Let’s be serious for a minute, try telling that to Leeds DIY punk sucka’s The Shakamoto Investigation.
Starting a band with your best mates can go two ways, you either piss around getting lashed on cheap German beer from Lidl, arguing about bread and end up naming your band after a Reeves and Mortimer sketch or you dedicate a lot of energy and time into creating a solid body of work with hooks that would make Blackbeard take note. They’ve done both and towed a loyal and respected following with them.
On the outside it can seem chaotic and unbalanced but that’s what they want you to think, never taking themselves too seriously, because if they did and it all went wrong they’d lose the casual attitude of what the band is about.
Loud, fast & fucked. That’s Shaka PR.
The trio is actually made up of unbelievable musicians with inner crafts that could fit into any established outfit, Ellis Smith (Lead guitar/vocals) who was an integral part of the sound of Barnsley’s anti austerity/anti establishment collective The Hurriers.
Sam Horton (bass/vocals) is one of the true spirits of creativity and a righteous soul who has his fingers in more pies than a Percy Turner filler on match days in S74, check out Regional Creeps & [retreat]. Jake Sainty (Drums) who is part of Black Pudding, one of the loudest and unforgettable live bands to come out of Leeds in recent years.
The main point we’re getting at here is to realise that if they wanted to, they have all the minerals to get serious and follow suit of PR laden, ego driven, superficial ‘punk’ bands that keep getting spewed out with no meaning or purpose. Why the fuck would you want more of that?
‘We’re living in a re-issue world, filching from the past like magpies with a tardis’Mark E Smith: Renegade
The band recently delivered one of the truest and fast records of this year in Existential Bread (released through EEasy Records, also pioneers of a DIY righteous spirit) selling out batches of vinyl bundles that included their own brew of hot sauce via the Chilli-Shop situated outside Leeds Merrion Centre.
Now working on their second record collaborating with Phil Booth (JT SOAR), another essential DIY art space dedicated to going against the grain.
The Shakamoto Investigation recently started back up their live stamp with mad raucous shows at Mabgate Bleach W/ Belk & other carnage blasting at Headrow House W/ Fuzz Lightyear. You certainly know when you’ve been hit with The Shakamoto stick if you’ve ever seen them live, fucking bonkers is too loose of a description.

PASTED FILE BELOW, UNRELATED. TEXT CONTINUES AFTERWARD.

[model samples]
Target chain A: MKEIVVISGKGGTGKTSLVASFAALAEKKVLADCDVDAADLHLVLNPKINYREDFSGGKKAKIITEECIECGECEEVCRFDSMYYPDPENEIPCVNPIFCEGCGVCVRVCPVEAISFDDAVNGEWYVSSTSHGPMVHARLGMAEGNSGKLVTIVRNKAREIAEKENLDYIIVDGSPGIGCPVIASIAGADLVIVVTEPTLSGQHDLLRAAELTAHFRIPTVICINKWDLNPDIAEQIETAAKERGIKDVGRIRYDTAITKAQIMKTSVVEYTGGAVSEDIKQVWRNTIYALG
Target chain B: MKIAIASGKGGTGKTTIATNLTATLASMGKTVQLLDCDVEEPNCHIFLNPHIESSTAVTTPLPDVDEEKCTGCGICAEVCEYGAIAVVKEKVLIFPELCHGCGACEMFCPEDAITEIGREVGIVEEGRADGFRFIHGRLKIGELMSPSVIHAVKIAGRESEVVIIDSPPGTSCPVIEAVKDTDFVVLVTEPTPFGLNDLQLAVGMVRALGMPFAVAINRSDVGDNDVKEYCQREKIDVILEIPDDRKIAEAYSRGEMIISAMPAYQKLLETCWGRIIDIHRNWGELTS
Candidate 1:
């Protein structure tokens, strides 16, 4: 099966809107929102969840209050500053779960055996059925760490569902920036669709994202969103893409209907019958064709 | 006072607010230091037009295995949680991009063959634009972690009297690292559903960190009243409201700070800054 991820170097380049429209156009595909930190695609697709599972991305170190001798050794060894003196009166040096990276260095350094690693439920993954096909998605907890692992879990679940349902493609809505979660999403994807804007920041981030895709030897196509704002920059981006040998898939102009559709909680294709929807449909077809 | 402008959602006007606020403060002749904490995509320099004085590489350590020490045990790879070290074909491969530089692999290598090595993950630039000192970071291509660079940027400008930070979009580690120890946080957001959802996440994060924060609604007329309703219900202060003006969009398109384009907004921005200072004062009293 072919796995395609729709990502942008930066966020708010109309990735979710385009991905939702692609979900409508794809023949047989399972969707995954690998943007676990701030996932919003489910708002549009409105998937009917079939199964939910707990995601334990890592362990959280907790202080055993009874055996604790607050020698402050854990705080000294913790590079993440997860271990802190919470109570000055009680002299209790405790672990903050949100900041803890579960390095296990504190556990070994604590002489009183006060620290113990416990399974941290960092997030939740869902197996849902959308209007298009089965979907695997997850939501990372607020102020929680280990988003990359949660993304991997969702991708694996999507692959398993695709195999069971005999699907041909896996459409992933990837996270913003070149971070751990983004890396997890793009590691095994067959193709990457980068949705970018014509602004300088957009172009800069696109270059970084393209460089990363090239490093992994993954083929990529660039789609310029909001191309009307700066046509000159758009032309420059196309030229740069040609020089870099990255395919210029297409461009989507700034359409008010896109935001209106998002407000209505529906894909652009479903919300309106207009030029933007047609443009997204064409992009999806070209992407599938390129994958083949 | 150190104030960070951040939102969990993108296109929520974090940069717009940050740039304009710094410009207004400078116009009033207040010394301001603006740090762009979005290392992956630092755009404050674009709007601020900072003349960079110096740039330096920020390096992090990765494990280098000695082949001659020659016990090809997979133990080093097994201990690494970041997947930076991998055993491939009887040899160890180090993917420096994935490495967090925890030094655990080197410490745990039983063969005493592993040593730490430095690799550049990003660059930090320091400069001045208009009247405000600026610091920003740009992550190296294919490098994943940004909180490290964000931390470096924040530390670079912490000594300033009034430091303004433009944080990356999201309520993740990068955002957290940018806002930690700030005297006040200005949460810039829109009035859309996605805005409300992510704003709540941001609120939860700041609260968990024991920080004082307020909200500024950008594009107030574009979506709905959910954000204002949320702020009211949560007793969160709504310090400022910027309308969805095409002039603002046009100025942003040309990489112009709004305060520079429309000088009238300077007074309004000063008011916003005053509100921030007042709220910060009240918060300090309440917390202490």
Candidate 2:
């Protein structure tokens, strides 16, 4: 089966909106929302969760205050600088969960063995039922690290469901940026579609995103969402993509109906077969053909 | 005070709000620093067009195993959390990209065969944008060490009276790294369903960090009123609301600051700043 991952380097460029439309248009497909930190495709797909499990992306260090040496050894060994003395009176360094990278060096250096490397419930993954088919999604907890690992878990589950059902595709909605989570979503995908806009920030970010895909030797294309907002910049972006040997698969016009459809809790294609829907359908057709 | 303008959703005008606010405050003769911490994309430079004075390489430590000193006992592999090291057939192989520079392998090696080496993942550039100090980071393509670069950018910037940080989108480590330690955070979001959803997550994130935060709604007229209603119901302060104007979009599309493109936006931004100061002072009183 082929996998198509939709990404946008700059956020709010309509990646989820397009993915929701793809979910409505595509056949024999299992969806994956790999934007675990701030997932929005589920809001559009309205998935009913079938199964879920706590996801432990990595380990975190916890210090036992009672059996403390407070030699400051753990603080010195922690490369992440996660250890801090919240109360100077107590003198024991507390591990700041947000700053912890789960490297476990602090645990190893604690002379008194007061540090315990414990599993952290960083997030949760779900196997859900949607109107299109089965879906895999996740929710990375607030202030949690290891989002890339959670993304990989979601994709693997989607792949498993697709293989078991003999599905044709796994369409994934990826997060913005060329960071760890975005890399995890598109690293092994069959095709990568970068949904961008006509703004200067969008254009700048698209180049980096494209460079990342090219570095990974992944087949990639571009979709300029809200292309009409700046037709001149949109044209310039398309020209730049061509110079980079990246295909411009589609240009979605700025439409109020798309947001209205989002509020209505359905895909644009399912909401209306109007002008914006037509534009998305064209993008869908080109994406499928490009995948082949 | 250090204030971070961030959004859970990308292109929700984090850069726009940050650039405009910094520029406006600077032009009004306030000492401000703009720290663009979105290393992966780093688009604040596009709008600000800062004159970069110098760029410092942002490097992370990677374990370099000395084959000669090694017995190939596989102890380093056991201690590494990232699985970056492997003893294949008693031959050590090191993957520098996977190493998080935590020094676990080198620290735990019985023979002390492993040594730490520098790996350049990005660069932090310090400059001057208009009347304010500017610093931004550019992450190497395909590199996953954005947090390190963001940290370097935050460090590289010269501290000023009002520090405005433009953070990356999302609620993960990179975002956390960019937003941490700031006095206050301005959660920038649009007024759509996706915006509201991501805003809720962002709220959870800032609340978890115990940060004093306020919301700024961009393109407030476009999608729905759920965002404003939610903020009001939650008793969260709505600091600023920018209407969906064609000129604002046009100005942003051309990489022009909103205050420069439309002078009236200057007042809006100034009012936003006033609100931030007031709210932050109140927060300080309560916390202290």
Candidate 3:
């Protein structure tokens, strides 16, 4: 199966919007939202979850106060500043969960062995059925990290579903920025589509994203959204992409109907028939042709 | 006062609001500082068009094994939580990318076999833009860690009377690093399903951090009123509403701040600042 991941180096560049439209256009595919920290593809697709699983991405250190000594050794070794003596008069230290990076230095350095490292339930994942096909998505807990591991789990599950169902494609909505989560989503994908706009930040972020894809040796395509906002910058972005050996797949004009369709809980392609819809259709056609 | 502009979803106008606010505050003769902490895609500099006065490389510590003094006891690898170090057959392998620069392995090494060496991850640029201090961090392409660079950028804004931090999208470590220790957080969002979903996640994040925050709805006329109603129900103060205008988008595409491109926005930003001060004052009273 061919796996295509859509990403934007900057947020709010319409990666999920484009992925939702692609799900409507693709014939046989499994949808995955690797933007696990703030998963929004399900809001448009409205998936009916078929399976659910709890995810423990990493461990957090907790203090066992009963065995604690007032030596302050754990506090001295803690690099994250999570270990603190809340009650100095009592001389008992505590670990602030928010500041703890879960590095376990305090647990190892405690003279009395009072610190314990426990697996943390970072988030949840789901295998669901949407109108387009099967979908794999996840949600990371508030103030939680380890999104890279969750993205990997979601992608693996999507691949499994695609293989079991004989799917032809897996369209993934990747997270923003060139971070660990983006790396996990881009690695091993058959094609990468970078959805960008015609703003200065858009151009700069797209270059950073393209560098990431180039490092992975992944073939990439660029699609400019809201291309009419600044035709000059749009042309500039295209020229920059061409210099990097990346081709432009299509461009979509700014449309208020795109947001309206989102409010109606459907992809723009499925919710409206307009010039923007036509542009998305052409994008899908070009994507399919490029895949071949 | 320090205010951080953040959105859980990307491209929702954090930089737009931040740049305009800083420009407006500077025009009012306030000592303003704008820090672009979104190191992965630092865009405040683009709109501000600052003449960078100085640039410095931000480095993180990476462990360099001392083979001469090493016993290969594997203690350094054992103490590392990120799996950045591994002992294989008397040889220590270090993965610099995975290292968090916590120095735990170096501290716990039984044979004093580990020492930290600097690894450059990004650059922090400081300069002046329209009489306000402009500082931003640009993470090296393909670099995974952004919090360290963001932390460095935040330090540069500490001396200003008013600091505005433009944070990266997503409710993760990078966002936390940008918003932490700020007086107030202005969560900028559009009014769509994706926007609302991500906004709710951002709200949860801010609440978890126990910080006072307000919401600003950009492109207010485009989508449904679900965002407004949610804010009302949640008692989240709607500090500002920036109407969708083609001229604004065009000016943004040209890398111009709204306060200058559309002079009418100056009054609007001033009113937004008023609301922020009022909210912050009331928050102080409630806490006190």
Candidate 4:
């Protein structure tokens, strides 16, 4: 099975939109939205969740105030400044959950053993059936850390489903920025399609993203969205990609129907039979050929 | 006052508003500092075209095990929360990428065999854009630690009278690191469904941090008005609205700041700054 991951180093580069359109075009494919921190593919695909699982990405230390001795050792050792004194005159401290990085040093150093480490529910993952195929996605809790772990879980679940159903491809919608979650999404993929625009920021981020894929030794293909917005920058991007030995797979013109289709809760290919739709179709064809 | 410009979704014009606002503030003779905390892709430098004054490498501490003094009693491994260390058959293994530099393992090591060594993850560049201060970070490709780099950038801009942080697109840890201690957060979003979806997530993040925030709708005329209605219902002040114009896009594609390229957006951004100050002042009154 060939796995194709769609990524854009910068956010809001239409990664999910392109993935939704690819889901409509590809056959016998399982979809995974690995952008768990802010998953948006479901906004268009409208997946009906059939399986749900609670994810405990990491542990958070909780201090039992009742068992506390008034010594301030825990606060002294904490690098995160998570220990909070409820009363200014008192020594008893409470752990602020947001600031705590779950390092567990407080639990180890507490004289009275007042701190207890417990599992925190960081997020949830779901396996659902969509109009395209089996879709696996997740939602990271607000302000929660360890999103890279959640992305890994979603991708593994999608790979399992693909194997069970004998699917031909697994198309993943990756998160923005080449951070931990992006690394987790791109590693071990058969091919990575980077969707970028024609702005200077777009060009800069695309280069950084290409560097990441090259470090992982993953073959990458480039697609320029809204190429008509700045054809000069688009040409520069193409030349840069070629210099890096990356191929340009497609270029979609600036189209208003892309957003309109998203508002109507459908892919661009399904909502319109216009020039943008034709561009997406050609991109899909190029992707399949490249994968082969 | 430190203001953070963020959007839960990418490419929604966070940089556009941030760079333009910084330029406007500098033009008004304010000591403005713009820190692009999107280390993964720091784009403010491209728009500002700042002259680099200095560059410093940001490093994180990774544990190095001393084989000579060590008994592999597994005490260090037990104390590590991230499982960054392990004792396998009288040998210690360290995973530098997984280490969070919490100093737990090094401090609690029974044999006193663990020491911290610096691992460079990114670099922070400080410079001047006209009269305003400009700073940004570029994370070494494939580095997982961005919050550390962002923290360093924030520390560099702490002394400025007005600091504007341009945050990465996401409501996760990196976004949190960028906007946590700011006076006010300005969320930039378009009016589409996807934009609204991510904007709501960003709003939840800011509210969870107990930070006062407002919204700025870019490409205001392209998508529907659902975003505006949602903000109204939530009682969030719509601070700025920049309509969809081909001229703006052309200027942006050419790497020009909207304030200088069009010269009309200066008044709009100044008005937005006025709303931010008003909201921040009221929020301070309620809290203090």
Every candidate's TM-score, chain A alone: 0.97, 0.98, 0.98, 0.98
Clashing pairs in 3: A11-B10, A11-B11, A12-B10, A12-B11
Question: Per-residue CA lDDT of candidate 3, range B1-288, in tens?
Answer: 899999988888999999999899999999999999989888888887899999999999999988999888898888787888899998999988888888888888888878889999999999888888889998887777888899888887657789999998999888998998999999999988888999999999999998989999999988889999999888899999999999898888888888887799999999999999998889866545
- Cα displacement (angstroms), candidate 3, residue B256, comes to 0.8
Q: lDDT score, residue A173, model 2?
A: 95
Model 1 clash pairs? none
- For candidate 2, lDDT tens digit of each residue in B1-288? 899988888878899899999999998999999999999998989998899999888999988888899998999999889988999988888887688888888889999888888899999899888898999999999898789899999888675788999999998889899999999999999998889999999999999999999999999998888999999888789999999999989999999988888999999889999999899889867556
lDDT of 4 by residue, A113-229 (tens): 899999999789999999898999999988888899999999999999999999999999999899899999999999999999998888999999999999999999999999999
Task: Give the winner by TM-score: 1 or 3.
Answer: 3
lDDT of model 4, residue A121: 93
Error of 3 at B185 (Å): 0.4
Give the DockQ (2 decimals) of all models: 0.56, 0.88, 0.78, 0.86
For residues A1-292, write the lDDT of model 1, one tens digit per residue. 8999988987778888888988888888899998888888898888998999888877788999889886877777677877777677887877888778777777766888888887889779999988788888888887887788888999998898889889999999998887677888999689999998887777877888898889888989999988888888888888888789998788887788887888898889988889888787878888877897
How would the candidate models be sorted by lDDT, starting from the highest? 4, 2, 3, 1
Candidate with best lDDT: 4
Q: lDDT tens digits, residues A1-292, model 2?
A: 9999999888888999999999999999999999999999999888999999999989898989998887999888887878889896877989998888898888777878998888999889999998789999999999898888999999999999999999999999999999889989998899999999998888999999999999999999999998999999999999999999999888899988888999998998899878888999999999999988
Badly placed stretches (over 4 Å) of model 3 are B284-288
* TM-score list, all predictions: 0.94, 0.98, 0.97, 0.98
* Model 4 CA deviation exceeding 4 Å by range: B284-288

Counterfeit Mag caught up with them to discuss bread, gigs and the Leeds DIY scene.
What musical influences contribute to the sound of the band?
Ellis: ‘We try to pull in as many influences as we can from all over the place. Our core sound is undoubtedly punk, while throwing in bits and bats from other genres like country, funk and riffy post-punk.
Bands like Meat Puppets, Gang of Four and Minutemen were absolute masters of blending punk with any other genre you can imagine, so I think for us it’s those kinds of bands that we draw the most influence from while keeping it a bit heavier and aggressive.’
How did it feel to finally get the record ‘existential bread’ released, and why did you choose ‘Easy Records’ as the output?
Sam: ‘Well we never expected it to make its way onto a record anyway, so it was a mint feeling for us all when Charlie asked us to do it with EEasy!
We’ve known Charlie and Thee MVPs for a good while now through gigging around Leeds, and Ed (bassist) mixed and produced two of our earlier singles!’
‘Punk’ has become a mainstream source for commercialised outfits in recent years; How do you feel about that? And what is your idea of punk?
Jake: ‘I don’t really care about the ‘mainstream’ to be honest. I don’t really class us as ‘punks’. We sound more punk than anything but I don’t like labels. I like everything, I like music. These mainstream post-punk bands at the minute will do well for now but when the trend changes they are going to be irrelevant. I want to be free of any ties, I want to be able to bring out a techno record and people still think, “Yeah that’s Shakamoto”.
To me that’s what punk is.
A freedom of choice and expression with no boundaries. we want to bring out a country record at some point and let me tell you, it’s going to be punk as fuck.’
There seems to be a real sense of community in the Leeds DIY scene, how important is that for you as a band?
Jake: ‘Yeah it’s definitely important to us. Most of our opportunities have come from the community. All our friends are a part of it as well. It’s a nice feeling. And I’m very proud of a lot of our friends that are doing really well. The north is taking over.’
With all the uncertainty in today’s world, it’s only right we get down to brass tacks. What’s your favourite bread?
Sam: ‘Warburtons Orange.’What’s next on the agenda for The Shakamoto Investigation?
Ellis: ‘First and foremost getting back gigging! After 18 months of doing jack shit it’s absolutely great to be back on stage shouting and sweating our arses off.
The silver lining of the pandemic was that we had so much time that we managed to write and record our second album which is just in the mixing process. It’s a real rager and we’re dead pleased with how it’s sounding.’